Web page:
Last June, the popular GitHub code repository and developer community platform released GitHub Copilot, a code auto-completion tool powered by OpenAI’s Codex model that FastAPI creator Sebastián Ramírez described as “seriously mind-blowing, difficult to overhype” and “the future of coding.”
CoPilot and other neural code completion systems leverage language models to provide helpful code snippet suggestions for developers based on contextual information in the integrated development environment (IDE). While such systems have proven their ability to predict appropriate codes automatically, there is no standard method or metric for evaluating productivity with regard to different code completion systems.
In the new paper Productivity Assessment of Neural Code Completion, a GitHub research team explores whether usage measurements of developer interactions with GitHub Copilot can be used to predict productivity as reported by developers. The team surveyed thousands of Copilot users and compared their responses to usage measurements collected on the IDE based on code contribution and acceptance rates.
To help them evaluate how well performance on programming competition data generalizes to interactive development in an IDE, the researchers define acceptance rate as the fraction of the suggested code completions that are subsequently accepted by the developer and integrated into the final source code. This enables them to look for correlations between the usage measurements of developer-Copilot interactions and productivity as identified in the developer survey.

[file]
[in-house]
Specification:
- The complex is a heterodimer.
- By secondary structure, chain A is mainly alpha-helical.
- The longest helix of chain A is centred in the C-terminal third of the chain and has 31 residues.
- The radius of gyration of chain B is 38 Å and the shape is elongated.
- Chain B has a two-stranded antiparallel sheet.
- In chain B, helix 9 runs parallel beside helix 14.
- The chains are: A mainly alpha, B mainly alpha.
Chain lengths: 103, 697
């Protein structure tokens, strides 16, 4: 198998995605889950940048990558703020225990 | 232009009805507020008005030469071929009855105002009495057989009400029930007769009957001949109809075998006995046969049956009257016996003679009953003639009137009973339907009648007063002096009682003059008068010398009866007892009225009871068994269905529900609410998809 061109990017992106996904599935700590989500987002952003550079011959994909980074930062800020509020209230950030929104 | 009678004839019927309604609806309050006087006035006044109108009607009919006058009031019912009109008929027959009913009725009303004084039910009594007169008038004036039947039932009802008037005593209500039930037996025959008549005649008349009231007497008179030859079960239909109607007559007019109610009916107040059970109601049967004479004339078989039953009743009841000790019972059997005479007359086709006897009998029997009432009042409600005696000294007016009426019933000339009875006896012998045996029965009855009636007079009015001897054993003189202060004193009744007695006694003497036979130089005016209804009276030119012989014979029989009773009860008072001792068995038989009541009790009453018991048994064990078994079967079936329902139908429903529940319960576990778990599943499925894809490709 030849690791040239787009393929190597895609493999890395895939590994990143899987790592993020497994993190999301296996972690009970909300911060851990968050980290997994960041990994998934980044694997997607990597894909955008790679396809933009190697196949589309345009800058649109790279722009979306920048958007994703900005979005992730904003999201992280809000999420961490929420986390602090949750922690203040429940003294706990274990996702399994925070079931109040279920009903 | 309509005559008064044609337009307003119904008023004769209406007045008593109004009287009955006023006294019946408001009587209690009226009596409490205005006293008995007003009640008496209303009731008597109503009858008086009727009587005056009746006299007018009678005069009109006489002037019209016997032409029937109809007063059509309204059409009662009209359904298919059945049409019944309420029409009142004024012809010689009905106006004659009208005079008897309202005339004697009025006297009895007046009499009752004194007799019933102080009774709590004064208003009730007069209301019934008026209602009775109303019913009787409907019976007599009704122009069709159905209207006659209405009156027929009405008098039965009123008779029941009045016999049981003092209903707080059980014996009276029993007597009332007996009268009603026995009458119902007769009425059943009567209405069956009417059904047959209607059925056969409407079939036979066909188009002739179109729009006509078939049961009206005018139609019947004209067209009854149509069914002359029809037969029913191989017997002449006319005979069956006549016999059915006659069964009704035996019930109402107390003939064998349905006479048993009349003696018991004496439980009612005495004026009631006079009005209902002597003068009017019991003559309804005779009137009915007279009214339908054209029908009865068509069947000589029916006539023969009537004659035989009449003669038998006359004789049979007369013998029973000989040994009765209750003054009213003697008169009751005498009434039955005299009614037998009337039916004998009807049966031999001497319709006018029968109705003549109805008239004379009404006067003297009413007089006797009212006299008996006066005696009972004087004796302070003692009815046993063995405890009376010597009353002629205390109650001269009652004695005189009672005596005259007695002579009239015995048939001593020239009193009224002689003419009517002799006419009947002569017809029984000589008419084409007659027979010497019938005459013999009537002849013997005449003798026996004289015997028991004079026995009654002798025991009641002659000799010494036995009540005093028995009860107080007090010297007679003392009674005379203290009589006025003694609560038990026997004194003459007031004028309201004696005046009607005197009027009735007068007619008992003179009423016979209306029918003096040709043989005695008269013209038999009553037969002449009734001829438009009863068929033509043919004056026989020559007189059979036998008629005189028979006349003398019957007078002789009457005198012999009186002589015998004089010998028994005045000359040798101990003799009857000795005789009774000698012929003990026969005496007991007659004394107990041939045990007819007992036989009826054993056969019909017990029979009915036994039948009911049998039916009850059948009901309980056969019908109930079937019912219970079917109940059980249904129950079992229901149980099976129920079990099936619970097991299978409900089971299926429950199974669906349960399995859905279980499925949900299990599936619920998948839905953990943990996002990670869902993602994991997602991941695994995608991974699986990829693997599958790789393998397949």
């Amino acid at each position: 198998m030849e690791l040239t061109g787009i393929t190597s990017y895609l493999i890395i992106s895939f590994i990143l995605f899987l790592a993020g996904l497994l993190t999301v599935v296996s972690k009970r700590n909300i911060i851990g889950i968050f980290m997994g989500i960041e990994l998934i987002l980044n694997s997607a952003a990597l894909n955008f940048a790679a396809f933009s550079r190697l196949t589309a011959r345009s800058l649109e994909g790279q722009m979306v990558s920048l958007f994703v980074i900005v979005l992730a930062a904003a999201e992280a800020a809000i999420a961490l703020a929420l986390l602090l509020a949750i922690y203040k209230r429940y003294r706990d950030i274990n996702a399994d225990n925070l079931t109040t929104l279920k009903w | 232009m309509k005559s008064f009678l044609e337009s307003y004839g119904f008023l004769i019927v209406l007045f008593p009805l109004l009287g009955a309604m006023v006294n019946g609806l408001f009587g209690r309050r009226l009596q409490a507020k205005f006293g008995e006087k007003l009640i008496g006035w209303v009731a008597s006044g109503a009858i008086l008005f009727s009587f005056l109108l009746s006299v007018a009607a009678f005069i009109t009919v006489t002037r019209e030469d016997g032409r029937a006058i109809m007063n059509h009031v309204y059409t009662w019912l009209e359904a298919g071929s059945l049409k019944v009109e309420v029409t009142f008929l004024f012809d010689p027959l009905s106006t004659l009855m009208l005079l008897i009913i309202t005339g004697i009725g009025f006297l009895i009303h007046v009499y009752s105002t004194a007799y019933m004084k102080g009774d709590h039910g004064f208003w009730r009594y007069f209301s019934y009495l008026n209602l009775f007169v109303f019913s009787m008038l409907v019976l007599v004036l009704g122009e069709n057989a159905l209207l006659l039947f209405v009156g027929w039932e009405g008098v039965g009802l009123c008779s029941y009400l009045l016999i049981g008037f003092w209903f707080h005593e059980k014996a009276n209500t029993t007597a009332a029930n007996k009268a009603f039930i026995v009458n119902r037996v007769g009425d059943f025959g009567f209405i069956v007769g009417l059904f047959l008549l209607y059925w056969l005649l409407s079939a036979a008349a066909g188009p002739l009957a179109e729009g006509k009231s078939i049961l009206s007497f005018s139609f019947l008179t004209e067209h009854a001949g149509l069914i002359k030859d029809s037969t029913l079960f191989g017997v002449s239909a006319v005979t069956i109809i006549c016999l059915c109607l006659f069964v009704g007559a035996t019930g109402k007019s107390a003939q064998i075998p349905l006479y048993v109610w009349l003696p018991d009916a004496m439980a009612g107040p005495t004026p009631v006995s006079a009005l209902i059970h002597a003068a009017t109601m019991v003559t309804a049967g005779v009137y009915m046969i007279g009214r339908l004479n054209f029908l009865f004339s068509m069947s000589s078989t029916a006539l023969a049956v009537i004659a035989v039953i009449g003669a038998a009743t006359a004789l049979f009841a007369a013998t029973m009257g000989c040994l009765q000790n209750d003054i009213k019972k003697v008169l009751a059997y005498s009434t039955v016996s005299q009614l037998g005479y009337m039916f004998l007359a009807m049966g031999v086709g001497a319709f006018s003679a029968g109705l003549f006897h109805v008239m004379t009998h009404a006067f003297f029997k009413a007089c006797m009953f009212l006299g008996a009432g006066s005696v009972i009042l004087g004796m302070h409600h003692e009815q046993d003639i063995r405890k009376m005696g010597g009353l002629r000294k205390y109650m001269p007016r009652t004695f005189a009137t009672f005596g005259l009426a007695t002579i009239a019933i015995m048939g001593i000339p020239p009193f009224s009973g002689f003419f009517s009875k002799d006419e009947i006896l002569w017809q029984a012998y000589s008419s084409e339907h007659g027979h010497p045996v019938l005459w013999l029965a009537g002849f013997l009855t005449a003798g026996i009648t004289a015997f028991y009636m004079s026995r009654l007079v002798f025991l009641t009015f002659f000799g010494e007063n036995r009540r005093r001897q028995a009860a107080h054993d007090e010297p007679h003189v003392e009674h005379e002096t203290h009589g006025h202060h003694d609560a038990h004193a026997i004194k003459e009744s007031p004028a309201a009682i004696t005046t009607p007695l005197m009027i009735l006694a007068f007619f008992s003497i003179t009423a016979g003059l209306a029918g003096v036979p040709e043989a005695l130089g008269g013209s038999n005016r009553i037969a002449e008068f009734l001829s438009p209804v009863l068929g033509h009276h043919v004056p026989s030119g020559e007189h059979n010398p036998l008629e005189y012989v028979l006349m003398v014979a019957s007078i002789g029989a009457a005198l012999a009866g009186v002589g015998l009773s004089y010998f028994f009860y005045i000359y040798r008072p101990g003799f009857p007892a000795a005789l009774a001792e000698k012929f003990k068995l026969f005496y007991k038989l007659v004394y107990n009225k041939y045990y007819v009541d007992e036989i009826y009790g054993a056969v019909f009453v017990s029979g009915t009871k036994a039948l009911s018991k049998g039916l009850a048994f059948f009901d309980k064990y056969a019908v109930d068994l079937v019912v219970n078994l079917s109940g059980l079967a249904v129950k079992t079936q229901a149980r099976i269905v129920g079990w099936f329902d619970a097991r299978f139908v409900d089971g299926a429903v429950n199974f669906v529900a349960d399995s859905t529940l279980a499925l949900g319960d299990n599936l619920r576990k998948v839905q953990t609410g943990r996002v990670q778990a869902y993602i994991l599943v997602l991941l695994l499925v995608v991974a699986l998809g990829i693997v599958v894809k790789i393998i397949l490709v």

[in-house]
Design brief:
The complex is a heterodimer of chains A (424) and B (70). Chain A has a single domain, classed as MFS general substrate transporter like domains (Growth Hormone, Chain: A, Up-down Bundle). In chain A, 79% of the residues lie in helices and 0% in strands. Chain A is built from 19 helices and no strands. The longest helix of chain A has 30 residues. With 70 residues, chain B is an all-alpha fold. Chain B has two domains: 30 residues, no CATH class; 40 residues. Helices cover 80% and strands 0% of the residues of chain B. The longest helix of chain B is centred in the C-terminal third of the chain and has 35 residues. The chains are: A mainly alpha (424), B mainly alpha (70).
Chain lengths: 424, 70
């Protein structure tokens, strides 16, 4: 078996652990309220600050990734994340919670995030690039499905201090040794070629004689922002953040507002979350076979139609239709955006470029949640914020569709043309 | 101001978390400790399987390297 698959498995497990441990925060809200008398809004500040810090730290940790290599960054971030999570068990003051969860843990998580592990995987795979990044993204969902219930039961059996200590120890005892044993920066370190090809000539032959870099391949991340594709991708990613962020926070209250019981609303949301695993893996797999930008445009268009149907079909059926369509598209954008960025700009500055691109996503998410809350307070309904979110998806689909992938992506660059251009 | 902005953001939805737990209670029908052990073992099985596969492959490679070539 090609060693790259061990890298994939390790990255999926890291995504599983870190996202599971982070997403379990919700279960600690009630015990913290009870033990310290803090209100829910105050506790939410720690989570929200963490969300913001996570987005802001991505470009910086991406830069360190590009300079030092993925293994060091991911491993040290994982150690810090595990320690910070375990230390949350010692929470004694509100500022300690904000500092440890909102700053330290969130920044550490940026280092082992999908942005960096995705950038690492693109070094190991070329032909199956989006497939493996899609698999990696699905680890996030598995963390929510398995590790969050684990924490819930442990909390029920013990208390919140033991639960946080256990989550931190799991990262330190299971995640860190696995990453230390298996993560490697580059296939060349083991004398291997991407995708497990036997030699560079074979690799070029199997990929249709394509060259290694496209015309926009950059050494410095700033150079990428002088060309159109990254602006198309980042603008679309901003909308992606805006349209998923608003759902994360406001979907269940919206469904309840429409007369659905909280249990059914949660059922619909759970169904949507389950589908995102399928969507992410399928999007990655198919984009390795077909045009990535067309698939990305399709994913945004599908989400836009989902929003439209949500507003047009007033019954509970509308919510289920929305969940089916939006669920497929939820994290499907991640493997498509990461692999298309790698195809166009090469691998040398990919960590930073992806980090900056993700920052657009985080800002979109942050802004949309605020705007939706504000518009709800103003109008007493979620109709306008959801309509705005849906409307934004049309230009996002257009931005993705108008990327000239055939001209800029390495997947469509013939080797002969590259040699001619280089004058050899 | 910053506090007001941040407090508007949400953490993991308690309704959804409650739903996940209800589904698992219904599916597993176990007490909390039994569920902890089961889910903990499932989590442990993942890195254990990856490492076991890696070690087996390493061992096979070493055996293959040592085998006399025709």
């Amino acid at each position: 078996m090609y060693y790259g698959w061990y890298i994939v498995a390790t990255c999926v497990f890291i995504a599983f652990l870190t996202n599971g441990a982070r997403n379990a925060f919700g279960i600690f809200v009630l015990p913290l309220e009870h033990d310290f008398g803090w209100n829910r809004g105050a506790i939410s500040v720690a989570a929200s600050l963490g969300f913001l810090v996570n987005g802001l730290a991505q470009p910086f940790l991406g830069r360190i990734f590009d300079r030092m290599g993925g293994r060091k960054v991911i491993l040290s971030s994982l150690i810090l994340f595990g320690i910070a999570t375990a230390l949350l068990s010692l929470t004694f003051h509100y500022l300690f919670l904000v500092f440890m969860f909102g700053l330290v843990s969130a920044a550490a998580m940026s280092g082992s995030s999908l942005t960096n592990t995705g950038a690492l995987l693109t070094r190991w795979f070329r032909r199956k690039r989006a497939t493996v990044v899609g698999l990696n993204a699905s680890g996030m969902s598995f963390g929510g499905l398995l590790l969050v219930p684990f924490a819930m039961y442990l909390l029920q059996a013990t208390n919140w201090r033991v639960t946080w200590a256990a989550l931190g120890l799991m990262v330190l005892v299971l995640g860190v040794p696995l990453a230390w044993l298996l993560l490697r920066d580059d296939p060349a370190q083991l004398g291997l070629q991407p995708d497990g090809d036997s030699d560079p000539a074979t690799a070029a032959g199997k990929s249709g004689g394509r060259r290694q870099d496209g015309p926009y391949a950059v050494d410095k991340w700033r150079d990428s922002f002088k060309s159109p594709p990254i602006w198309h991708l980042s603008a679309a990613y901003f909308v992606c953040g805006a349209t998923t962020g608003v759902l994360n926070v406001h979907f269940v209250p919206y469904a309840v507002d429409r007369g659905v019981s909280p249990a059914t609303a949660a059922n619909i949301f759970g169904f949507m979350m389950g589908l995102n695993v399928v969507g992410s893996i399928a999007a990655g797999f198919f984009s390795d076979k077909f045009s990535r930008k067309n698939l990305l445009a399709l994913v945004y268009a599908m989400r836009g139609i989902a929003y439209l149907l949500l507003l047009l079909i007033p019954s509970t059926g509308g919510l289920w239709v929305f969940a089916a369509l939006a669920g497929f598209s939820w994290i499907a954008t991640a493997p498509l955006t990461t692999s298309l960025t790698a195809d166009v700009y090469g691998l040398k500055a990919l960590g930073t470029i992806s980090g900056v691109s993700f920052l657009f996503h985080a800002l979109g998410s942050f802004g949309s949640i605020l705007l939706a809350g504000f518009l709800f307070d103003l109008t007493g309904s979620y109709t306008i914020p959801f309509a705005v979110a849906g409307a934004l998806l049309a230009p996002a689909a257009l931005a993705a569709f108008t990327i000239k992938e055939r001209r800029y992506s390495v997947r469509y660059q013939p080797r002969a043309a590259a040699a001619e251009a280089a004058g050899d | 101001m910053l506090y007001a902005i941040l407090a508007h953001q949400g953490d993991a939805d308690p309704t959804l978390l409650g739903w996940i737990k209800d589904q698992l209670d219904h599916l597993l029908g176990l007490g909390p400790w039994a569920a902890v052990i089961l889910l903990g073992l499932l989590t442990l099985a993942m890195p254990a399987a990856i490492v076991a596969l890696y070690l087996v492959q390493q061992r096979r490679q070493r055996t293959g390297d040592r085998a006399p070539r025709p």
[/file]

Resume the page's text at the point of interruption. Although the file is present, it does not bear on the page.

The researchers surveyed 17,420 Copilot users with questions regarding demographic information and Likert-style questions about productivity aspects. The survey defines productivity in five dimensions: satisfaction and well-being, performance, activity, communication and collaboration, and efficiency and flow.
Based on their study, the team concludes that the rate with which shown suggestions are accepted captures developers’ perception of productivity better than more specific metrics regarding the persistence of completions in the code over time. They also find that the acceptance rate most positively predicts users’ perception of productivity, although they note that given the confounding and human factors, there is still notable unexplained variance. The results support the premise that acceptance rate can be used for coarse-grained monitoring of the performance of a neural code synthesis system.
The team believes theirs is the first study on code suggestion tools to identify a clear link between usage measurements and developer productivity or happiness. Overall, the work confirms neural code completion systems’ ability to boost developer productivity and provides useful insights for a more concrete evaluation of the productivity gains they offer.
The paper Productivity Assessment of Neural Code Completion is on arXiv.
Author: Hecate He | Editor: Michael Sarazen
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